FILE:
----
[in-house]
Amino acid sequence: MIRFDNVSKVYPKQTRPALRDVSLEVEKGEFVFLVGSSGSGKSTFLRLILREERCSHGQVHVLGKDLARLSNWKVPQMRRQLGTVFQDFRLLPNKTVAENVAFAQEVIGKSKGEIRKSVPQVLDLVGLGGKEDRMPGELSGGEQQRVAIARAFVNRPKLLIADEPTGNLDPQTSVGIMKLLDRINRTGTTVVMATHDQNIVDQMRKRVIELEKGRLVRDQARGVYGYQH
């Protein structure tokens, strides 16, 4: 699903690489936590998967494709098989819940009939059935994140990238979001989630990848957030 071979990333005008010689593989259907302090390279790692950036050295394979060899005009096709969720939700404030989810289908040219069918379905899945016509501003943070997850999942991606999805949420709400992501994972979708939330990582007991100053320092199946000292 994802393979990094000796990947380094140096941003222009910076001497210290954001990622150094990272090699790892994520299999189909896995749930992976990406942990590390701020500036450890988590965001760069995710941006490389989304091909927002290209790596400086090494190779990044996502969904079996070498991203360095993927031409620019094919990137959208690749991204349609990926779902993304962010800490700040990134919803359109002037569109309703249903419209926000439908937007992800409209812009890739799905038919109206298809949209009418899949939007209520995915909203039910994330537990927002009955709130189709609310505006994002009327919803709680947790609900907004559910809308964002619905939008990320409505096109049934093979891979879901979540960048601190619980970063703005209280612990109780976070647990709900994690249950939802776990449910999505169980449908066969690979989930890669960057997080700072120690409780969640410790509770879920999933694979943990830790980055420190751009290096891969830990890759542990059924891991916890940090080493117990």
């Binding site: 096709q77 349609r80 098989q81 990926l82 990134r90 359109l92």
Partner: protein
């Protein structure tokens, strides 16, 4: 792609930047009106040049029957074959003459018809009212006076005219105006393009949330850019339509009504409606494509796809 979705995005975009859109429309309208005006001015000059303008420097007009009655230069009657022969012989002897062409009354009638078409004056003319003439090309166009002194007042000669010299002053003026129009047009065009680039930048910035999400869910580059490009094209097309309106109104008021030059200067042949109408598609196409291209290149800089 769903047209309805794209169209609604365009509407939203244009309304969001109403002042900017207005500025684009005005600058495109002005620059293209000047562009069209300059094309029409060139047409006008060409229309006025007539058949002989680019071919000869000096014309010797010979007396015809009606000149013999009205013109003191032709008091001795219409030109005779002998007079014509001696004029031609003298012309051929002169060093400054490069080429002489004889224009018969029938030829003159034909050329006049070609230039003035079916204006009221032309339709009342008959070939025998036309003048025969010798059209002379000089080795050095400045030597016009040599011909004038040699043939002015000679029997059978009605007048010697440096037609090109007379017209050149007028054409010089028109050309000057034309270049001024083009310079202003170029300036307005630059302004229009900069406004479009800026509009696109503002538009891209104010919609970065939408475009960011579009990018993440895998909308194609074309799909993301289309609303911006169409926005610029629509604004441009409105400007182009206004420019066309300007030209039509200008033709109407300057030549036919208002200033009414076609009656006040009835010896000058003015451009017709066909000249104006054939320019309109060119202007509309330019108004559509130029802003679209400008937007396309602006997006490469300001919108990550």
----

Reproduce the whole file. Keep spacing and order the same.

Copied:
[in-house]
Amino acid sequence: MIRFDNVSKVYPKQTRPALRDVSLEVEKGEFVFLVGSSGSGKSTFLRLILREERCSHGQVHVLGKDLARLSNWKVPQMRRQLGTVFQDFRLLPNKTVAENVAFAQEVIGKSKGEIRKSVPQVLDLVGLGGKEDRMPGELSGGEQQRVAIARAFVNRPKLLIADEPTGNLDPQTSVGIMKLLDRINRTGTTVVMATHDQNIVDQMRKRVIELEKGRLVRDQARGVYGYQH
């Protein structure tokens, strides 16, 4: 699903690489936590998967494709098989819940009939059935994140990238979001989630990848957030 071979990333005008010689593989259907302090390279790692950036050295394979060899005009096709969720939700404030989810289908040219069918379905899945016509501003943070997850999942991606999805949420709400992501994972979708939330990582007991100053320092199946000292 994802393979990094000796990947380094140096941003222009910076001497210290954001990622150094990272090699790892994520299999189909896995749930992976990406942990590390701020500036450890988590965001760069995710941006490389989304091909927002290209790596400086090494190779990044996502969904079996070498991203360095993927031409620019094919990137959208690749991204349609990926779902993304962010800490700040990134919803359109002037569109309703249903419209926000439908937007992800409209812009890739799905038919109206298809949209009418899949939007209520995915909203039910994330537990927002009955709130189709609310505006994002009327919803709680947790609900907004559910809308964002619905939008990320409505096109049934093979891979879901979540960048601190619980970063703005209280612990109780976070647990709900994690249950939802776990449910999505169980449908066969690979989930890669960057997080700072120690409780969640410790509770879920999933694979943990830790980055420190751009290096891969830990890759542990059924891991916890940090080493117990």
């Binding site: 096709q77 349609r80 098989q81 990926l82 990134r90 359109l92």
Partner: protein
């Protein structure tokens, strides 16, 4: 792609930047009106040049029957074959003459018809009212006076005219105006393009949330850019339509009504409606494509796809 979705995005975009859109429309309208005006001015000059303008420097007009009655230069009657022969012989002897062409009354009638078409004056003319003439090309166009002194007042000669010299002053003026129009047009065009680039930048910035999400869910580059490009094209097309309106109104008021030059200067042949109408598609196409291209290149800089 769903047209309805794209169209609604365009509407939203244009309304969001109403002042900017207005500025684009005005600058495109002005620059293209000047562009069209300059094309029409060139047409006008060409229309006025007539058949002989680019071919000869000096014309010797010979007396015809009606000149013999009205013109003191032709008091001795219409030109005779002998007079014509001696004029031609003298012309051929002169060093400054490069080429002489004889224009018969029938030829003159034909050329006049070609230039003035079916204006009221032309339709009342008959070939025998036309003048025969010798059209002379000089080795050095400045030597016009040599011909004038040699043939002015000679029997059978009605007048010697440096037609090109007379017209050149007028054409010089028109050309000057034309270049001024083009310079202003170029300036307005630059302004229009900069406004479009800026509009696109503002538009891209104010919609970065939408475009960011579009990018993440895998909308194609074309799909993301289309609303911006169409926005610029629509604004441009409105400007182009206004420019066309300007030209039509200008033709109407300057030549036919208002200033009414076609009656006040009835010896000058003015451009017709066909000249104006054939320019309109060119202007509309330019108004559509130029802003679209400008937007396309602006997006490469300001919108990550």